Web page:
The Museo de Oro or Gold Museum is located just off the Plaza de Bolivar in a nicely renovated hacienda-type colonial mansion known as Casa de la Aduana. This former Customs House is reported to have a great collection of pottery and gold from the native Kogi people indigenous to the area. There is also a diorama of Ciudad Perdida which is surely interesting to see if you are going to do the trek to the “Lost City.”
Unfortunately, it was never open when we were in town and I went by numerous times to see. It's a shame as admission is free and with a few days to kill there between waiting for my wife to get healthy and doing a couple treks, it would have been a nice diversion. Reports now state that the Museo de Oro has been moved to the second floor of the Banco de la Republica which is in between Carrera 1 and the Aduana on the same side of the Parque Bolivar. Another reason to return to Santa Marta though I would do that just for the cerviche alone!
Taganga is a picturesque fishing village with a perfect horseshoe shaped bay that makes for incredibly scenic sunsets. It was surely a paradise fifty years ago but since its “discovery” by gringos at large it has become shall we say a bit less authentic. It has also taken over from Santa Marta as base camp for the majority of non-Colombian tourists in the area primarily to take in the regions main sights of Tayrona National Park and La Ciudad Perdida. If taken in small doses, it still retains much of its charm but staying there must be akin to Khoa San Road in Bangkok, where you're never quite sure exactly what country you are in. If you are looking for Colombia, this is probably not your best shot at finding it but it is certainly worth a short visit to enjoy what is an obviously very pretty if crowded place.
We did not stay here as most gringos do but chose to day trip from Santa Marta. This is easy to do as frequent mini-buses ply the route for a mere 1200 COP (60 cents) and take only 15 minutes. Head to Carerra 1C or 5 in Santa Marta and look for Taganga signs on passing mini-buses. Drivers will likely seek you out as if you are a gringo, they will correctly assume you are headed that way!
For more details, check out my Taganga page.
La Ciudad Perdida has not only a rich and lengthy history but a storied recent past as well. Though settlement in the vicinity dates back perhaps a far as the 7th century and the actual structures' construction to between the 11th and 14th, the “Lost City” was just that until the early 1970s when local grave-robbers happened upon the jungle-strewn ruins of the indigenous Tayrona people. The terraced structures that remain incredibly well-preserved even today were mere platforms on which the wooden thatched homes of the Tayrona were built.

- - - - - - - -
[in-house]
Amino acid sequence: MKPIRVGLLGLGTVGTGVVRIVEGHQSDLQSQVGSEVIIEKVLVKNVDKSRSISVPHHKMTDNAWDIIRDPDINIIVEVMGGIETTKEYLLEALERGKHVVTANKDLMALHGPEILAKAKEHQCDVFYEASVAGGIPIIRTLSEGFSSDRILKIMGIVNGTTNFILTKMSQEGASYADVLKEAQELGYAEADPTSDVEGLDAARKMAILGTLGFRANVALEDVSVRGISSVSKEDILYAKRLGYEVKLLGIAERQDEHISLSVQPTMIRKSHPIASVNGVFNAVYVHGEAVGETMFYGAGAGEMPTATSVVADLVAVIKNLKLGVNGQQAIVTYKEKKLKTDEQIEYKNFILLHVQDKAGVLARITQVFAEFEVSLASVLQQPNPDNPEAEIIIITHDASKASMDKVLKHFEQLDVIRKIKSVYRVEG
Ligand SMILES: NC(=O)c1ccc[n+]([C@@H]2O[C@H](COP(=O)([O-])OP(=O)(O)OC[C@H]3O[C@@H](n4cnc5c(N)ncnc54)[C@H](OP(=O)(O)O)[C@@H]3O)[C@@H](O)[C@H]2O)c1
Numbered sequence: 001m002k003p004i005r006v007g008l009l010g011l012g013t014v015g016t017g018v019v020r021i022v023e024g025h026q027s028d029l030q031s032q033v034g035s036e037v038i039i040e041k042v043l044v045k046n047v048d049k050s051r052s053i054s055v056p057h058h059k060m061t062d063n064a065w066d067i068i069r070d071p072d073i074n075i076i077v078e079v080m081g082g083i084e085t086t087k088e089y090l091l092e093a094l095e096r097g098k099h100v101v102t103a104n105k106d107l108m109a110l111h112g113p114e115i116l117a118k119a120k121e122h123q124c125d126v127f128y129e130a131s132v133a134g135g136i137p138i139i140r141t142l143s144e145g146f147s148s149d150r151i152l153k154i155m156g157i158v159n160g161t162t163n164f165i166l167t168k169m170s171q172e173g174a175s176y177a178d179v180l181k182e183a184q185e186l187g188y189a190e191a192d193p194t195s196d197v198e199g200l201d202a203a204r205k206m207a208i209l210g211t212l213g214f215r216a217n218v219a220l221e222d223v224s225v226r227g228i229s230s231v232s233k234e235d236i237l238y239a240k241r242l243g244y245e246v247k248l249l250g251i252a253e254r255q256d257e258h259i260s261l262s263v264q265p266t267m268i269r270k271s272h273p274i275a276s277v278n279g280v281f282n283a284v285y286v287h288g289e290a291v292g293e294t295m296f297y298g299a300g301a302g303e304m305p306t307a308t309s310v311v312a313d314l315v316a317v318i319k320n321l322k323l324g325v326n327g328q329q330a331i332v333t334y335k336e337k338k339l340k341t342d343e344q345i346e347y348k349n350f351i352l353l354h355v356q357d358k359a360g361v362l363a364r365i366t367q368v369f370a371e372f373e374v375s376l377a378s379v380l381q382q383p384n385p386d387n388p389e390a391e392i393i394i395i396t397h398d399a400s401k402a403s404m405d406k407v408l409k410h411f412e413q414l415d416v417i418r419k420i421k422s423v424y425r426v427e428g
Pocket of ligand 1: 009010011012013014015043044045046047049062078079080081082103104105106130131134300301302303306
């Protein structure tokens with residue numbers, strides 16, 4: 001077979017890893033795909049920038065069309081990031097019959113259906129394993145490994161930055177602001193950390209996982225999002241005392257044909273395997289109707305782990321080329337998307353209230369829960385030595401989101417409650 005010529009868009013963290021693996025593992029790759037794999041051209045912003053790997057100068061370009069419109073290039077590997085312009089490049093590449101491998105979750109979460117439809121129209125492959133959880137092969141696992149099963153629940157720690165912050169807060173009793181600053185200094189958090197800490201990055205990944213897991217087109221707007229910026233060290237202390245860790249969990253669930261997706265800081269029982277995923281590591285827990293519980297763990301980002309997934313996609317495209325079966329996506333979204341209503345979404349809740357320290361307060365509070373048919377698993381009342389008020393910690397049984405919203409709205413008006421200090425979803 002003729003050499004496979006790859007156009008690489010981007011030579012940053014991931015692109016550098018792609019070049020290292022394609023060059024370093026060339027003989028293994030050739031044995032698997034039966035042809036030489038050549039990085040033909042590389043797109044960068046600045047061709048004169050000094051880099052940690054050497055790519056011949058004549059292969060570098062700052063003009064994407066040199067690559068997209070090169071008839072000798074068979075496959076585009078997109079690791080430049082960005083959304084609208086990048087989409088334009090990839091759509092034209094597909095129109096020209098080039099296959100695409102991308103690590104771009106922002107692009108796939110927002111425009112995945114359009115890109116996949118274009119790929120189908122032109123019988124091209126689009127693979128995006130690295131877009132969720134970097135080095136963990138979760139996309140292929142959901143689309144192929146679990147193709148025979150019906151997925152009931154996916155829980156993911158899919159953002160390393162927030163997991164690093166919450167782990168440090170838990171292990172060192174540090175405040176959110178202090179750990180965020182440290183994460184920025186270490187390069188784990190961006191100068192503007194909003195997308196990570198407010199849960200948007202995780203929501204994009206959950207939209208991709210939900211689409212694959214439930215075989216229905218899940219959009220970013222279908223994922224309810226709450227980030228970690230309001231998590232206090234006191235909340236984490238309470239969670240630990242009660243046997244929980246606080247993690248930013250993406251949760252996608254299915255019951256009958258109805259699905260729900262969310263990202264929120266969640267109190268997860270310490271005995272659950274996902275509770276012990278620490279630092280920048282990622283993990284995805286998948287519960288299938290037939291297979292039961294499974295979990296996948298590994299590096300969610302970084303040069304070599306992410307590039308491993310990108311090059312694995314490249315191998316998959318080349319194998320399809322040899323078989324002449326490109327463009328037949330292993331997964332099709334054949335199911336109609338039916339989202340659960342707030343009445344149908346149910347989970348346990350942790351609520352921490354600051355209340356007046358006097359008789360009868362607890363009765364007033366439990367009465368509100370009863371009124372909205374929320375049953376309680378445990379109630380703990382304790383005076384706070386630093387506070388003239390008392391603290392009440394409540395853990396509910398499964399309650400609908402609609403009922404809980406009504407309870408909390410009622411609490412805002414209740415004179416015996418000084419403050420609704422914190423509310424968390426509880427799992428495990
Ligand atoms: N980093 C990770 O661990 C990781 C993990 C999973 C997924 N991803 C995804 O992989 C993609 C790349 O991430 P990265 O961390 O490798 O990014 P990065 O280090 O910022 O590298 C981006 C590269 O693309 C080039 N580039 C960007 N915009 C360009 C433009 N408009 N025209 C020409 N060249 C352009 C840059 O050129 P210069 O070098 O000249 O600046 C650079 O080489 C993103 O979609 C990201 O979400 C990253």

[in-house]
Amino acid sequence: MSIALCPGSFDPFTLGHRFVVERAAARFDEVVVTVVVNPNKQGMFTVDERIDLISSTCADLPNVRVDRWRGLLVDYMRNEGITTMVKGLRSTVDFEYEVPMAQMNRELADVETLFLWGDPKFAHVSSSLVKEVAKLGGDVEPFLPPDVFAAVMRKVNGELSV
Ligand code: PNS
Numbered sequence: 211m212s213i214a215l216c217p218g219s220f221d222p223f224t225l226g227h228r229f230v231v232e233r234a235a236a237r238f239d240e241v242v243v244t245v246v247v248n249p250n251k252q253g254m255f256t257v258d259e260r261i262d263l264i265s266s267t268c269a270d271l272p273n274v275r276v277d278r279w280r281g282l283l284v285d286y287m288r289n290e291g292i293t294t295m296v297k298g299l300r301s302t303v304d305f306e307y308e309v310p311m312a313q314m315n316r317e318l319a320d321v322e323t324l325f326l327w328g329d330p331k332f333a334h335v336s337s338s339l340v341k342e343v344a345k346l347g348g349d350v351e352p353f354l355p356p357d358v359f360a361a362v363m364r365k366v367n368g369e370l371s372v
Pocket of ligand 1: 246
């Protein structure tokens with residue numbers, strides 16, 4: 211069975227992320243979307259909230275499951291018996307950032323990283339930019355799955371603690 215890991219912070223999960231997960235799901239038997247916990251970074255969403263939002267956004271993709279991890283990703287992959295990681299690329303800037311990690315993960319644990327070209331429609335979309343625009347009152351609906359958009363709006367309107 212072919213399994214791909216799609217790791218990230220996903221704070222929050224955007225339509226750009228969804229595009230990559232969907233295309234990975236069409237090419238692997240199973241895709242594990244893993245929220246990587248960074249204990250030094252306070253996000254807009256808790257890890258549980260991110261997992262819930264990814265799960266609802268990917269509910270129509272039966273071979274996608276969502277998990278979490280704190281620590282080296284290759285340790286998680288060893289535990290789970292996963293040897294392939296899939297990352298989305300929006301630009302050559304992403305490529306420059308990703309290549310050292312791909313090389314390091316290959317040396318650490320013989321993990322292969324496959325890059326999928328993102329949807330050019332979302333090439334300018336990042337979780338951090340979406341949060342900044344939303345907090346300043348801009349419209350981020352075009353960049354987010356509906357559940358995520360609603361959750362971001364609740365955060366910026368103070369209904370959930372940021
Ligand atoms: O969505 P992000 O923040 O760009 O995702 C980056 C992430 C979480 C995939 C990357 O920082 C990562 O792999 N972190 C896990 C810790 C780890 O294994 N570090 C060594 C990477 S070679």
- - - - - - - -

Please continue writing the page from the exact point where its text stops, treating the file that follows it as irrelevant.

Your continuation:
Even after its “discovery,” the area was far from settled and remained in a state of turmoil first with grave-robber gangs fighting over the spoils and then with cocaine cartels using the perfect growing conditions and inaccessibility to their best advantage. This was in great conflict with its tourist development and in the early years of this, a few intrepid travelers were taken hostage, thus propelling La Ciudad Perdida to backpacker mythic proportions. In a world where Macchu Pichu was now all too easy to visit, this was a more esoteric jewel in the crown for those drawn to tramping on less trodden if dangerous grounds. As with all things to do with Colombia, information about such danger lagged far behind the steady progress away from it. La Ciudad has been host to many organized trekking groups since the millennium and now appears to be as safe a trek as any in South America. Of course, such organization takes from its illusive allure but it still has a few years before it is overrun like similar treks in Peru so enjoy it while it lasts.